The argument for producing the controversial PetroCaribe Loans Act is that the funds were not really a loan. The Prime Minister, in his arguments in the National Assembly on March 30 of this year, were, and we quote, “You don’t know what you are approving until you actually collect the money, in consequence of the peculiar arrangements. All the other provisions of the Finance and Audit Act remain enforced. You are only exempting Petrocaribe from that one provision that in the normal course, requires you to get prior authorization from the National Assembly to borrow upwards of 10 million.” So, according to Government, they didn’t really see the fund as a loan and at any rate, they would not know how much monies they would be getting at any given time; hence the reason to create the law retroactive, to make the Petrocaribe fund into a loan. However, in a press conference back in June of 2012, the Prime Minister clearly stated that it was a loan and he even gave an estimated annual figure as to how much would be collected per year. Here is that statement from 2012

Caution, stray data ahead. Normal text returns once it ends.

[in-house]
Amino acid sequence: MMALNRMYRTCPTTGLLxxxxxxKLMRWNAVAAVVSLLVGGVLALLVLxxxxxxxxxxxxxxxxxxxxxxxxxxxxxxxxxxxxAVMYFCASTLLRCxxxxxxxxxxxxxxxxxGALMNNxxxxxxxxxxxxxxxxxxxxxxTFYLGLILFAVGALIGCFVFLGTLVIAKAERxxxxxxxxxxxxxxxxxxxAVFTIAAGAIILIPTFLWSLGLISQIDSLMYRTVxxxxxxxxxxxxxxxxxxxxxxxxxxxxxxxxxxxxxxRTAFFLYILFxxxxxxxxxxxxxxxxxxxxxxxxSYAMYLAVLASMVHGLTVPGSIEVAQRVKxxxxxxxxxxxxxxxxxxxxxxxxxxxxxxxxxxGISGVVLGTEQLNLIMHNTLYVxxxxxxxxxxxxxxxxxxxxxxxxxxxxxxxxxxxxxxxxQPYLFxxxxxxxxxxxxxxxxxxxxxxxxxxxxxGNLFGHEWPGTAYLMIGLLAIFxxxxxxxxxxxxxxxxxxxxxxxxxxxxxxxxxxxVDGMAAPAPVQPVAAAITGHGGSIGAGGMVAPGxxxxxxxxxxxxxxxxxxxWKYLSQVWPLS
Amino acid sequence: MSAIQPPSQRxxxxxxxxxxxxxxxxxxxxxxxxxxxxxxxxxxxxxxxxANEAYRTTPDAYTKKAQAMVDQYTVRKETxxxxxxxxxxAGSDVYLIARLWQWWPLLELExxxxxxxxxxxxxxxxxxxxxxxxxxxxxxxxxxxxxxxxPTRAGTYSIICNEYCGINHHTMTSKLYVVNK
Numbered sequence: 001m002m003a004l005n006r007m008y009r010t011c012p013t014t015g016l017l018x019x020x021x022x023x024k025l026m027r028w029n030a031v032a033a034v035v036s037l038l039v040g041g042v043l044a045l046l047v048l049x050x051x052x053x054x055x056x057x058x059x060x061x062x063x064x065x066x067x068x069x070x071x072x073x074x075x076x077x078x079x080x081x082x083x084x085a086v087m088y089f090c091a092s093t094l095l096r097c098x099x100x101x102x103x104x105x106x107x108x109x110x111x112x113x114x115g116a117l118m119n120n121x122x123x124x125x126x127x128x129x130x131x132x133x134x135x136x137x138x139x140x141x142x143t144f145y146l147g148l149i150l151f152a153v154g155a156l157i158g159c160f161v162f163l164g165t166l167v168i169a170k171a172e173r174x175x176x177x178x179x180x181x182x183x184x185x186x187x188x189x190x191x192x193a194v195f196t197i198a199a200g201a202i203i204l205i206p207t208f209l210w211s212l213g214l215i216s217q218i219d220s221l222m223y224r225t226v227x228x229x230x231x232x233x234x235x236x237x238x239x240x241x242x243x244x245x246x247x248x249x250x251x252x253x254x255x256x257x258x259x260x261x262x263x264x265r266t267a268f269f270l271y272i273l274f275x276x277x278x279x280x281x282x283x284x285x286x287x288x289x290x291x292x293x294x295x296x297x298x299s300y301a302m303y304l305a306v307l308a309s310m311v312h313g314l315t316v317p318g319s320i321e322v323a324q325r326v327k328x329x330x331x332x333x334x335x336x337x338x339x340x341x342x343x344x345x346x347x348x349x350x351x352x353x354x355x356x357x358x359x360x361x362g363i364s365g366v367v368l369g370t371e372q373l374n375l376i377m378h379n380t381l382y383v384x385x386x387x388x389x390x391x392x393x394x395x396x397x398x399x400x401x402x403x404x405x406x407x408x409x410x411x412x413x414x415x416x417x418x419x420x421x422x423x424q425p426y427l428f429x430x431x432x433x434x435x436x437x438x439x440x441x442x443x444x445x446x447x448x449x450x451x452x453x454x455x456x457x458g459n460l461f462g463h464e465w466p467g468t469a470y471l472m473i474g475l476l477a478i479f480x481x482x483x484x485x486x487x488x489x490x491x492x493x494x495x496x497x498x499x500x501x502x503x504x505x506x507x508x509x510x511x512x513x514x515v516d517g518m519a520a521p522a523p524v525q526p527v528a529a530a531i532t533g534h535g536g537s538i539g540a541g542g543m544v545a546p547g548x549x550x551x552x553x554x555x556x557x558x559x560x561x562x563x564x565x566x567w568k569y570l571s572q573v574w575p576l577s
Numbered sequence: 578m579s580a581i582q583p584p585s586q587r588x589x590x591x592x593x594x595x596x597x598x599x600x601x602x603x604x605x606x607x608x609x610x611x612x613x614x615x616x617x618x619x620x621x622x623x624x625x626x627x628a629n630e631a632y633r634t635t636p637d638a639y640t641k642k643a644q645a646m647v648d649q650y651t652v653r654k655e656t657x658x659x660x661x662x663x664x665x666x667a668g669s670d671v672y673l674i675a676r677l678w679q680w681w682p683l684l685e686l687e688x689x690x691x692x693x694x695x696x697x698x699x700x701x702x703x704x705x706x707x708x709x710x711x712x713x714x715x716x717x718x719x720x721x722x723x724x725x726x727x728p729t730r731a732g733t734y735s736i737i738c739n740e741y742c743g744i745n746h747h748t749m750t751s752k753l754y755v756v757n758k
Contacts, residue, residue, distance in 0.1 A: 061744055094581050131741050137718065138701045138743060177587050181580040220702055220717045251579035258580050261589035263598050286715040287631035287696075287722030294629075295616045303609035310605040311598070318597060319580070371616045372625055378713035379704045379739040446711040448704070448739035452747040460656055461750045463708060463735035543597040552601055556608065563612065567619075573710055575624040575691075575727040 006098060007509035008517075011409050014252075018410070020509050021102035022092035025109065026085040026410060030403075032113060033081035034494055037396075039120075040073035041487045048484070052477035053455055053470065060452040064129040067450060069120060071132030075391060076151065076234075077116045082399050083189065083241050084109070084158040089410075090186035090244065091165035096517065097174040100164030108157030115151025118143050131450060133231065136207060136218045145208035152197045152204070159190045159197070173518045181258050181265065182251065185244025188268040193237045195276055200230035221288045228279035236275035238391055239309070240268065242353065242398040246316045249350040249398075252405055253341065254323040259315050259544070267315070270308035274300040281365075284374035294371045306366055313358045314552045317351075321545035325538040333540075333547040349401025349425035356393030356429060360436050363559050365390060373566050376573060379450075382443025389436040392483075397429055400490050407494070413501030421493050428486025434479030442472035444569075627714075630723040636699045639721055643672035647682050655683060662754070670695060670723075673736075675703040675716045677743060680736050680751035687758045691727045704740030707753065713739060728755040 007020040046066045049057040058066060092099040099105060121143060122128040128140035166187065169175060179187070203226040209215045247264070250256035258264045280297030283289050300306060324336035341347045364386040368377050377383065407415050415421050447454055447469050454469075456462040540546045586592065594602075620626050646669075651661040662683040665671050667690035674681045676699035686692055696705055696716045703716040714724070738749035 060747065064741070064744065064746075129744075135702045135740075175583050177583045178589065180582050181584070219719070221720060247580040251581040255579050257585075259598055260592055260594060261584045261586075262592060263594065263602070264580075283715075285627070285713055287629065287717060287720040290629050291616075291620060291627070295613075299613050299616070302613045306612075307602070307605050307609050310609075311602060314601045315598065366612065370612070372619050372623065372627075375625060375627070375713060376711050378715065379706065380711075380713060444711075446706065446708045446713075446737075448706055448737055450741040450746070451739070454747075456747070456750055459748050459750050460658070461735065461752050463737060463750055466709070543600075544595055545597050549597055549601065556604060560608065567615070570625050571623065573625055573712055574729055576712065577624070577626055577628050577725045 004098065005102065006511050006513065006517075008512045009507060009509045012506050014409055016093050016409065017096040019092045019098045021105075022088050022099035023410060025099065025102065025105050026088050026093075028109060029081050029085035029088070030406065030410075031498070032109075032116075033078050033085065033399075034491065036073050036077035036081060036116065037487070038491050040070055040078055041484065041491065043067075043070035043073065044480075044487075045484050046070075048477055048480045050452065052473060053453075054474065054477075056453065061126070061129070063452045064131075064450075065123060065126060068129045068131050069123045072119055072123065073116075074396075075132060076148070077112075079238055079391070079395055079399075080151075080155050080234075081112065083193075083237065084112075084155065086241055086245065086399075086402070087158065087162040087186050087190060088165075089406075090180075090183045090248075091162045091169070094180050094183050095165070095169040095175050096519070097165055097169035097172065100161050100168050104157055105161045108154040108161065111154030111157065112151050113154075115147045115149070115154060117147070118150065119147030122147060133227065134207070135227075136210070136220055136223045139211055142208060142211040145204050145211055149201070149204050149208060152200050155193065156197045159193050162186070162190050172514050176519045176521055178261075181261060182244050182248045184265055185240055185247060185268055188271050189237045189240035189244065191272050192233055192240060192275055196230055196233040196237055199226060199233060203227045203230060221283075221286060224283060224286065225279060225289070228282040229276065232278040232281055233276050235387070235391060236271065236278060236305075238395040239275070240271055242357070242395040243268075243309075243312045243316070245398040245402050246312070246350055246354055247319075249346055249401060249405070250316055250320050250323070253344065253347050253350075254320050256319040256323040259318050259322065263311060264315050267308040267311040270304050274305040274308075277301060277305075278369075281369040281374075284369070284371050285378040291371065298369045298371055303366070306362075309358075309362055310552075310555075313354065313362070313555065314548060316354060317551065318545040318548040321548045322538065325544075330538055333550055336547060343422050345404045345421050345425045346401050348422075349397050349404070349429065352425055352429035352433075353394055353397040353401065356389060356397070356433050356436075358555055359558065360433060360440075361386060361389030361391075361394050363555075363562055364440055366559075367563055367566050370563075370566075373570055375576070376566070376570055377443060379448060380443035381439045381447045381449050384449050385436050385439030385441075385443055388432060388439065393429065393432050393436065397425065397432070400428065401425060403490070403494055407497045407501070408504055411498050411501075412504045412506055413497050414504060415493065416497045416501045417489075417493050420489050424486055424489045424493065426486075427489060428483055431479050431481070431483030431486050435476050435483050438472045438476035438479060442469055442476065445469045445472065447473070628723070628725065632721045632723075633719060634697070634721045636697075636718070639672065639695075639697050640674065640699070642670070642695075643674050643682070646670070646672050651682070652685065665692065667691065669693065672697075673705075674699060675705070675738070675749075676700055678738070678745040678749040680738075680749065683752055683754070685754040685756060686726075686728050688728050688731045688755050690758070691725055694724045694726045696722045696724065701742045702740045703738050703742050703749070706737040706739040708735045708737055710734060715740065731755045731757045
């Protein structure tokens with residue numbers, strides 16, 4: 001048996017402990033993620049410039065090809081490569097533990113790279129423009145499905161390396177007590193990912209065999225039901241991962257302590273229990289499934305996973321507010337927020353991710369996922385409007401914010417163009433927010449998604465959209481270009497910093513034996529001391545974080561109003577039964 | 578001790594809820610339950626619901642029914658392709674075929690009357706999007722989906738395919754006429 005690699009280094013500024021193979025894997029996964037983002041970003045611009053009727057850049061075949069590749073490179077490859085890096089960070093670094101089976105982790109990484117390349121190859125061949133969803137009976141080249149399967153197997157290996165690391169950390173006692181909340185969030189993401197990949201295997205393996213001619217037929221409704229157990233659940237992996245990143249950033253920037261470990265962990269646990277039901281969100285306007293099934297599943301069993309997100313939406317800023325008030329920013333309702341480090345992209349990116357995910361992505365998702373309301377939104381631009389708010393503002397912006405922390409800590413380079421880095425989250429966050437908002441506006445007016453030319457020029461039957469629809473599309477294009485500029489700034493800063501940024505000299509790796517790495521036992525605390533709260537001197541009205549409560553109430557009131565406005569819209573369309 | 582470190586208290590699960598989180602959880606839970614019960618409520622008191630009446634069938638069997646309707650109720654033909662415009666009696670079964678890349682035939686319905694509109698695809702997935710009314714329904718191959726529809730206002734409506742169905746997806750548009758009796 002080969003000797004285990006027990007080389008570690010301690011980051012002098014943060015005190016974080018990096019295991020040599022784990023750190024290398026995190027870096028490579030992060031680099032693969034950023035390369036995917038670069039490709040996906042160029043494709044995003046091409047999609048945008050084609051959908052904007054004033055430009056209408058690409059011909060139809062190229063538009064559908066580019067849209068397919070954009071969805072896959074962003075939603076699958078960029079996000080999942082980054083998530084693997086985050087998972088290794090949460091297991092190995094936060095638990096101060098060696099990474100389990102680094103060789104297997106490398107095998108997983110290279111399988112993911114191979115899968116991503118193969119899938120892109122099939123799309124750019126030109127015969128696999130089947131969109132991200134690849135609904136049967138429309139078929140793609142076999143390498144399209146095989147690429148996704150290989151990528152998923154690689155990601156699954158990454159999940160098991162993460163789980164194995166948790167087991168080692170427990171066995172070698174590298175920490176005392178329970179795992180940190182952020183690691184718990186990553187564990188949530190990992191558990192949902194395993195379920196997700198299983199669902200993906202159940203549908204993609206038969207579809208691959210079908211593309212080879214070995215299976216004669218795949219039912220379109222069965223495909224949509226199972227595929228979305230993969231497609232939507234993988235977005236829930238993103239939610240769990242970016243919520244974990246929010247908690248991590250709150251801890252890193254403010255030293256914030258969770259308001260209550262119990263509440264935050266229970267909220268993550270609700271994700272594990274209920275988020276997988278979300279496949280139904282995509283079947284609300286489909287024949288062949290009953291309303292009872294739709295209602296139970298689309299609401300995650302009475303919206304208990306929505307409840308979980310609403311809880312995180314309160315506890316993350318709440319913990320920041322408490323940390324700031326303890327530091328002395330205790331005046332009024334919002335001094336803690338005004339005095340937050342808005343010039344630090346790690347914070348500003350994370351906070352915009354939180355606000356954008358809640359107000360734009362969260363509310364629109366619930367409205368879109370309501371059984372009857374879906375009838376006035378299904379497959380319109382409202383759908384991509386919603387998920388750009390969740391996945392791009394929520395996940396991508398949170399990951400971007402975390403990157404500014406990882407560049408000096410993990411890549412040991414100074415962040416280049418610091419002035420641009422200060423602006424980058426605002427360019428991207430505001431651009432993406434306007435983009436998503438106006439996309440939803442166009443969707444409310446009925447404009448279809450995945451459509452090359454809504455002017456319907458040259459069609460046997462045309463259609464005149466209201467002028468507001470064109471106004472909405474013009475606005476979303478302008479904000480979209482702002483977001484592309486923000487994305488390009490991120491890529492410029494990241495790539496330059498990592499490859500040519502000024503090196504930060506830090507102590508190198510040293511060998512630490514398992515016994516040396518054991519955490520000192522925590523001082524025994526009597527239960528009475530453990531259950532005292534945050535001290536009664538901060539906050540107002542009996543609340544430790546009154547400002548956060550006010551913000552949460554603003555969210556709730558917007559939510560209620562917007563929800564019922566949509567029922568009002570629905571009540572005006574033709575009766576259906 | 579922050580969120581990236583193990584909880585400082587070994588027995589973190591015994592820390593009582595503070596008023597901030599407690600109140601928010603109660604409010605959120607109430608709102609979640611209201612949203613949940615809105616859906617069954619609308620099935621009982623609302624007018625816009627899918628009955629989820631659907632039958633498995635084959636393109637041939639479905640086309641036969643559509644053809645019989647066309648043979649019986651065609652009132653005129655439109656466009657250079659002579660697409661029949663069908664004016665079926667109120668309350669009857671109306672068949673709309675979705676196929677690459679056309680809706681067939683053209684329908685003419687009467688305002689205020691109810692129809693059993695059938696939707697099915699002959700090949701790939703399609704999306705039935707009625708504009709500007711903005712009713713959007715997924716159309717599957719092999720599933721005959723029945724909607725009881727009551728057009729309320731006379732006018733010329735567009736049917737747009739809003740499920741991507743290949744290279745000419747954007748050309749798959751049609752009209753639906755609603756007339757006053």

“Puma is prepared to source all the fuel for Belize out of Venezuela, so if we can restart the Petrocaribe process. If now all our fuel is being imported can be imported from Venezuela, then you can see how the amount that the importer pays to us which we in turn pay to Venezuela, or the amount of that where we are able to retain as a long term loan will increase exponentially. It is going to be borrowed money but it will be money that we can use in terms of programs to benefit… I can tell you looking in terms of when last I saw the figures, we are looking at well in excess of a hundred million dollars per year that we will be able to obtain by way of the Petrocaribe arrangements. If we can stitch these deal together we will be able to get that kind of money to use for budgetary and public sector investment programs.
The Prime Minister’s estimates made in 2012 seem to be spot on based on the figures given by the financial secretary.